Everett v. BRP-Powertrain GmbH & Co KG et al

Filing 131

ORDER signed by Judge Lynn Adelman on 04/12/2018. IT IS ORDERED that plaintiff's motions to compel 120 & 121 are DENIED. (cc: all counsel) (lls)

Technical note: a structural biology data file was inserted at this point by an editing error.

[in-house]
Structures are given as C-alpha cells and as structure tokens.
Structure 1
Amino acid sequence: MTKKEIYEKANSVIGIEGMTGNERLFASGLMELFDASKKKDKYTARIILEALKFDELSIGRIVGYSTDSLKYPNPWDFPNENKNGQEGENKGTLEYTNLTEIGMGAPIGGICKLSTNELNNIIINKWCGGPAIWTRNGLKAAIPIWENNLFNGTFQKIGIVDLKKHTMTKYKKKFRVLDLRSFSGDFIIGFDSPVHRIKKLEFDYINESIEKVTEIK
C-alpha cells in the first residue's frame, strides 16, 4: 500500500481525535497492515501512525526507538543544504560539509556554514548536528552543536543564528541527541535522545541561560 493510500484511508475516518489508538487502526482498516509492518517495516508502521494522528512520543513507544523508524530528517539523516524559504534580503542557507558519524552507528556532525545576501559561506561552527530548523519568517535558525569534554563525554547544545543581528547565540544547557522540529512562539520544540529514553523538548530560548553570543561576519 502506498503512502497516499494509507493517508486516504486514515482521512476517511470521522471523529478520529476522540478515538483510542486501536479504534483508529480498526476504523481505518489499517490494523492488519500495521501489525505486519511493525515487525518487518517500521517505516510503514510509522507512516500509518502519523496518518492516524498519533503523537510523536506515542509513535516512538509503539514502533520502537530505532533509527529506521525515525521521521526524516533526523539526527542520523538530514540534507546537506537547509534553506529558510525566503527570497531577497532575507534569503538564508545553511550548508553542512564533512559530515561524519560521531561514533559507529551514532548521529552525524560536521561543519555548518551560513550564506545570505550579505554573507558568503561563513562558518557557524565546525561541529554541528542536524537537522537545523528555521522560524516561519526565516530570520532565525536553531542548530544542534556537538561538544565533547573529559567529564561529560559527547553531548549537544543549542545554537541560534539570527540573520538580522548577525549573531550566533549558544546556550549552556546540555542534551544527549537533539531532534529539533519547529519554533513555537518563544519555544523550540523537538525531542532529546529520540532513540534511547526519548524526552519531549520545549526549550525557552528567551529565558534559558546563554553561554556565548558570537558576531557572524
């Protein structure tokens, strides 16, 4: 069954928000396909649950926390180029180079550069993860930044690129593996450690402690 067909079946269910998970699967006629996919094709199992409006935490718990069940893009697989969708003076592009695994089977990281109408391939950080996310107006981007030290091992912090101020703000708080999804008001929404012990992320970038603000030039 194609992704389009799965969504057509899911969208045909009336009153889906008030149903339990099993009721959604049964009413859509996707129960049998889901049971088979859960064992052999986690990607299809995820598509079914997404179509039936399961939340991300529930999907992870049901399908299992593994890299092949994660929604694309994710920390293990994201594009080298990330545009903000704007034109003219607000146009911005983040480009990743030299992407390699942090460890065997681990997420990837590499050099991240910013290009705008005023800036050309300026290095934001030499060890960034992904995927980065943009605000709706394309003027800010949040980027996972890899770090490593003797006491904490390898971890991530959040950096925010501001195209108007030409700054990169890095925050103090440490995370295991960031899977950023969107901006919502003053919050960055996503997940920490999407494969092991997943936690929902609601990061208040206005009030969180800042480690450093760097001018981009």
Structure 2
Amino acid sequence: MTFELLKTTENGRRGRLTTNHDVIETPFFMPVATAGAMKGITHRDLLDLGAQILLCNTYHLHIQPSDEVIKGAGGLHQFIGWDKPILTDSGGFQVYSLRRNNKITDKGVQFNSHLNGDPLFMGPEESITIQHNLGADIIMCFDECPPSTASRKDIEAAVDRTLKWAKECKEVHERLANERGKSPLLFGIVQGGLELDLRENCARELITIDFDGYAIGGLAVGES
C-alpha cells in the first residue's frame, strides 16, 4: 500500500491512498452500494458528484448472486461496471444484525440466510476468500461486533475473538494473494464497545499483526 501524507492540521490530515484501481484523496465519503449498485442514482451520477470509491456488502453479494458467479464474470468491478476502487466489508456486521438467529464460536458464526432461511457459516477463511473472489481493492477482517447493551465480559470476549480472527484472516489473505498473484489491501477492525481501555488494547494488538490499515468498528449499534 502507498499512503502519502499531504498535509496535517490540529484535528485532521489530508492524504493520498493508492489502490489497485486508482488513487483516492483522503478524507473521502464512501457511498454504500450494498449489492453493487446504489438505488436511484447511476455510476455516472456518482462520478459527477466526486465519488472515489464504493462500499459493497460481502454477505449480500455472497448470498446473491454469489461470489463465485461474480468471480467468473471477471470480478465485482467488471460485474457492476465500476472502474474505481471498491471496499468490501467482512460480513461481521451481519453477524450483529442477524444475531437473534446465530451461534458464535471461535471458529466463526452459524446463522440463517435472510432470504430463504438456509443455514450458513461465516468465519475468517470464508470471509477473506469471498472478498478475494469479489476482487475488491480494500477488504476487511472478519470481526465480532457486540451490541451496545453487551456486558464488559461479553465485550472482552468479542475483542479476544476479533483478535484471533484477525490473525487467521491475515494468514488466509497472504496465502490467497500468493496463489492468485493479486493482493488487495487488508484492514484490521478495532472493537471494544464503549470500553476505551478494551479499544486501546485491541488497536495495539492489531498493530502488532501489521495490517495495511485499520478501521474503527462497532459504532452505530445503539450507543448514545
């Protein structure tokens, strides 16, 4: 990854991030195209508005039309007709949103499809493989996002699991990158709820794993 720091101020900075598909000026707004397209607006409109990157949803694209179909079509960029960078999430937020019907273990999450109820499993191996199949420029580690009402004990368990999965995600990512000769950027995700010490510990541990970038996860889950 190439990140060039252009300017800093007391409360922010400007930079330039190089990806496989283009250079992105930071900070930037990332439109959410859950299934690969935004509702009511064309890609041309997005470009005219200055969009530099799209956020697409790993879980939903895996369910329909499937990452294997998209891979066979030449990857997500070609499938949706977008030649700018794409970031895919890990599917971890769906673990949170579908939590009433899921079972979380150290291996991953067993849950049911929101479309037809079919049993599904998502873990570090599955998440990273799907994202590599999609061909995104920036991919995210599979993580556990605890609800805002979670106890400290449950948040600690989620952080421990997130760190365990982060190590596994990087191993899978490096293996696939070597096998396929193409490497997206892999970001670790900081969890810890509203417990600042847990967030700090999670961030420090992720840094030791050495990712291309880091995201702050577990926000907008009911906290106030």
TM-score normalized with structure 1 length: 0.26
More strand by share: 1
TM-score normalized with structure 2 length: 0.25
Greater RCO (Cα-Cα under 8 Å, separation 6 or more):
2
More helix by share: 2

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UNITED STATES DISTRICT COURT EASTERN DISTRICT OF WISCONSIN GREGORY EVERETT, Plaintiff, v. Case No. 14-C-1189 BRP-POWERTRAIN, GmbH & CO. KG, and KODIAK RESEARCH, LTD. Defendants. ______________________________________________________________________ DECISION AND ORDER Gregory Everett suffered serious injuries when his experimental aircraft crashed during a test flight. He alleges that the crash was caused when the aircraft’s engine overheated and seized. The engine was designed and manufactured by defendant BRP-Powertrain and distributed by defendant Kodiak Research, Ltd. Before me now are Everett’s motions to compel the defendants to respond to certain of his requests for written discovery. Before addressing the motions, I note that the plaintiff did not file them pursuant to Civil Local Rule 7(h). In the scheduling order for this case, I directed the parties to file all discovery and non-dispositive pretrial motions pursuant to that rule. (Order of Nov. 29, 2017, ¶ 4c.) Rule 7(h) provides for a shorter briefing schedule that enables the court to resolve discovery motions quickly and avoid delay. Although I will not require the plaintiff to re-file his current motions under Rule 7(h), I advise him that I will immediately strike any future discovery motions that he does not file under that rule. As for the substance of the motions, the plaintiff primarily contends that the defendants should be compelled to respond to his discovery requests asking for information about BRP products that are “similar” to the engine at issue in this case, which is a Rotax 582 Model 99 DCDI engine. The defendants do not object to producing information concerning similar engines. However, the defendants note that the plaintiff has not identified the engines that he considers to be “similar” to the Rotax engine that was installed on his plane. The defendants contend that unless the plaintiff identifies the engines that he believes are similar, they cannot respond to his requests. I agree with the defendants on this point. Until the plaintiff identifies the engines he contends are similar to the engine at issue in this case, the defendants cannot meaningfully respond. Thus, at this point, I will not compel the defendants to respond to his requests for information about “similar” engines. However, the plaintiff is free to serve new discovery requests that identify the specific engines that he contends are similar to the engine he installed on his plane. The plaintiff also seeks to compel BRP-Powertrain to produce design and manufacturing specifications (and related documents) concerning the engine that the plaintiff installed on his plane. A related request asks for information about every modification or alteration to the engine that BRP made since the time it was first offered for sale. BRP objects to these requests on the ground that they are overly broad, and I agree. It is true that some design and manufacturing documents for the subject engine are discoverable, as the plaintiff alleges that the engine was defectively designed and manufactured. However, the plaintiff is not entitled to every design and manufacturing document relating to the engine. The engine has more than 184 component parts (Spoerk Decl. Ex. C, ECF No. 123-3), and it has been offered for sale for many years and undergone many alterations and modifications. Thus, the plaintiff’s requests as 2 written would require BRP to produce a huge quantity of documents. Moreover, most of these documents would be entirely irrelevant, as the plaintiff does not allege that every component of the engine was defectively designed and manufactured. Only those documents that relate to the plaintiff’s theory of why the engine is defective would be relevant. The defendants contend that the plaintiff does not actually have a theory of why the engine is defective. They state that they served contention interrogatories on him asking him to identify why he believes the engine is defective and that he did not provide a substantive response. (BRP Br. at 6, ECF No. 122.) In his briefs in support of the motions to compel, the plaintiff does not explain how the engine might be defective or how the documents he asks for would be relevant to his claim that the engine was negligently designed or manufactured. He does indicate that the engine was defective because it overheated and seized, but these are symptoms of a potential defect; they are not themselves manufacturing or design defects. To show that the engine was defective, the plaintiff will need to identify the parts of the engine that caused it to overheat and seize. Any discovery requests asking for design and manufacturing documents relating to those parts of the engine would be proper. But the plaintiff cannot ask for all design and manufacturing documents relating to the engine, hoping to find something to support his claims. See In re Dairy Farmers of Am., Inc. Cheese Antitrust Litig., 801 F.3d 758, 766 (7th Cir. 2015). Perhaps the plaintiff has not yet formulated his precise theory of how the engine is defective, and he needs design and manufacturing documents from the defendants before he can do so. But, to have had a good-faith basis to file a complaint alleging that 3 the engine was negligently designed or manufactured, the plaintiff must have had at least some basic hypotheses about what parts of the engine were defective. The plaintiff should draft discovery requests that ask for the design and manufacturing documents that he needs to test those hypotheses. In other words, the plaintiff should identify the parts of the engine that he suspects were defective and ask the defendants to produce design and manufacturing documents concerning those parts. He is not entitled to the production of all design and manufacturing documents regardless of whether they relate to his theory of the case. Accordingly, the plaintiff’s motion to compel production of all design and manufacturing documents will be denied. Finally, the plaintiff seeks to compel the defendants to produce information relating to contracts and other business transactions either between themselves or with certain third parties. However, the plaintiff has not explained how these documents would be relevant to the issues in this case. In his briefs, he states only that these requests are “directed at discovering documents or other materials relevant to the development of Defendant’s product, which is at issue in this case.” (E.g., Br. in Supp. at 5, ECF No. 121.) However, this statement is entirely conclusory and does not explain how the information sought might be relevant to “the development of Defendant’s product.” Therefore, the plaintiff’s motion to compel production of this information will be denied. For the reasons stated, IT IS ORDERED that plaintiff’s motions to compel (ECF Nos. 120 & 121) are DENIED. Dated at Milwaukee, Wisconsin, this 12th day of April, 2018. 4 s/Lynn Adelman LYNN ADELMAN United States District Judge 5